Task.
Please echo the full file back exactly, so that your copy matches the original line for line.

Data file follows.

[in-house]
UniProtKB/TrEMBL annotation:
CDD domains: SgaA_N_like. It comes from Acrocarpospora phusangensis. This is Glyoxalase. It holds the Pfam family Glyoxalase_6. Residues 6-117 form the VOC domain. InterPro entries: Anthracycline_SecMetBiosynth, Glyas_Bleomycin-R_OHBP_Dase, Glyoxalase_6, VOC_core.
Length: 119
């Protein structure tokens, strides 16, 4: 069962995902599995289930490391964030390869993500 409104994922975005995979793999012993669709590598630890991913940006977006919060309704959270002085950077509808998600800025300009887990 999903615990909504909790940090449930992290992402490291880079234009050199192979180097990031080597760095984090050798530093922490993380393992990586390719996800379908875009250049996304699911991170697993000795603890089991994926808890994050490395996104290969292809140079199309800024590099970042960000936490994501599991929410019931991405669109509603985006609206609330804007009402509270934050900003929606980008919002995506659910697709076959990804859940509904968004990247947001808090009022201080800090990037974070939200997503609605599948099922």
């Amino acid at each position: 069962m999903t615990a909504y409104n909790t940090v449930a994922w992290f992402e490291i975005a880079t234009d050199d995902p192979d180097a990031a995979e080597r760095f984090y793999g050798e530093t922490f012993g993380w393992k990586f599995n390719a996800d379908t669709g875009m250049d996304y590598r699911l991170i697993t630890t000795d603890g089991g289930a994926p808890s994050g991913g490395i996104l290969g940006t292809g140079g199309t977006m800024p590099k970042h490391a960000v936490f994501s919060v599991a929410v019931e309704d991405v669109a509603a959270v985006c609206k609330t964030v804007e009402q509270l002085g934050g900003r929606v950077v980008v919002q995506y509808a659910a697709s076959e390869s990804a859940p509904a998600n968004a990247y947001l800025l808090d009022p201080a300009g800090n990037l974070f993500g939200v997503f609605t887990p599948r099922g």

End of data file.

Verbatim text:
[in-house]
UniProtKB/TrEMBL annotation:
CDD domains: SgaA_N_like. It comes from Acrocarpospora phusangensis. This is Glyoxalase. It holds the Pfam family Glyoxalase_6. Residues 6-117 form the VOC domain. InterPro entries: Anthracycline_SecMetBiosynth, Glyas_Bleomycin-R_OHBP_Dase, Glyoxalase_6, VOC_core.
Length: 119
């Protein structure tokens, strides 16, 4: 069962995902599995289930490391964030390869993500 409104994922975005995979793999012993669709590598630890991913940006977006919060309704959270002085950077509808998600800025300009887990 999903615990909504909790940090449930992290992402490291880079234009050199192979180097990031080597760095984090050798530093922490993380393992990586390719996800379908875009250049996304699911991170697993000795603890089991994926808890994050490395996104290969292809140079199309800024590099970042960000936490994501599991929410019931991405669109509603985006609206609330804007009402509270934050900003929606980008919002995506659910697709076959990804859940509904968004990247947001808090009022201080800090990037974070939200997503609605599948099922």
């Amino acid at each position: 069962m999903t615990a909504y409104n909790t940090v449930a994922w992290f992402e490291i975005a880079t234009d050199d995902p192979d180097a990031a995979e080597r760095f984090y793999g050798e530093t922490f012993g993380w393992k990586f599995n390719a996800d379908t669709g875009m250049d996304y590598r699911l991170i697993t630890t000795d603890g089991g289930a994926p808890s994050g991913g490395i996104l290969g940006t292809g140079g199309t977006m800024p590099k970042h490391a960000v936490f994501s919060v599991a929410v019931e309704d991405v669109a509603a959270v985006c609206k609330t964030v804007e009402q509270l002085g934050g900003r929606v950077v980008v919002q995506y509808a659910a697709s076959e390869s990804a859940p509904a998600n968004a990247y947001l800025l808090d009022p201080a300009g800090n990037l974070f993500g939200v997503f609605t887990p599948r099922g």